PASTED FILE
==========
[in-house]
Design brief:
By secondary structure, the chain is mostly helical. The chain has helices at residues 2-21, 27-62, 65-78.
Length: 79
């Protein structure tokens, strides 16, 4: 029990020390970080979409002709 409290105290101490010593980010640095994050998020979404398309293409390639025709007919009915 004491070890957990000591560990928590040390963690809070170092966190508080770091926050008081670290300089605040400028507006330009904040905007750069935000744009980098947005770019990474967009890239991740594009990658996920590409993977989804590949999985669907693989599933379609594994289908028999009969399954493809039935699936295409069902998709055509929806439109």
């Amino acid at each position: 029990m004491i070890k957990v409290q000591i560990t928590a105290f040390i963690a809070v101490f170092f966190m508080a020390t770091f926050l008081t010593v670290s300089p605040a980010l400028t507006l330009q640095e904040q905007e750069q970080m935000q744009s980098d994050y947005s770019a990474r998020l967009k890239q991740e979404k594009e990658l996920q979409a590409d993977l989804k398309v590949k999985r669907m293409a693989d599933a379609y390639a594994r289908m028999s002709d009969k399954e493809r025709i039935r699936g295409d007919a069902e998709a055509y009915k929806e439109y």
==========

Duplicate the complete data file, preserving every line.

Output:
[in-house]
Design brief:
By secondary structure, the chain is mostly helical. The chain has helices at residues 2-21, 27-62, 65-78.
Length: 79
């Protein structure tokens, strides 16, 4: 029990020390970080979409002709 409290105290101490010593980010640095994050998020979404398309293409390639025709007919009915 004491070890957990000591560990928590040390963690809070170092966190508080770091926050008081670290300089605040400028507006330009904040905007750069935000744009980098947005770019990474967009890239991740594009990658996920590409993977989804590949999985669907693989599933379609594994289908028999009969399954493809039935699936295409069902998709055509929806439109």
């Amino acid at each position: 029990m004491i070890k957990v409290q000591i560990t928590a105290f040390i963690a809070v101490f170092f966190m508080a020390t770091f926050l008081t010593v670290s300089p605040a980010l400028t507006l330009q640095e904040q905007e750069q970080m935000q744009s980098d994050y947005s770019a990474r998020l967009k890239q991740e979404k594009e990658l996920q979409a590409d993977l989804k398309v590949k999985r669907m293409a693989d599933a379609y390639a594994r289908m028999s002709d009969k399954e493809r025709i039935r699936g295409d007919a069902e998709a055509y009915k929806e439109y």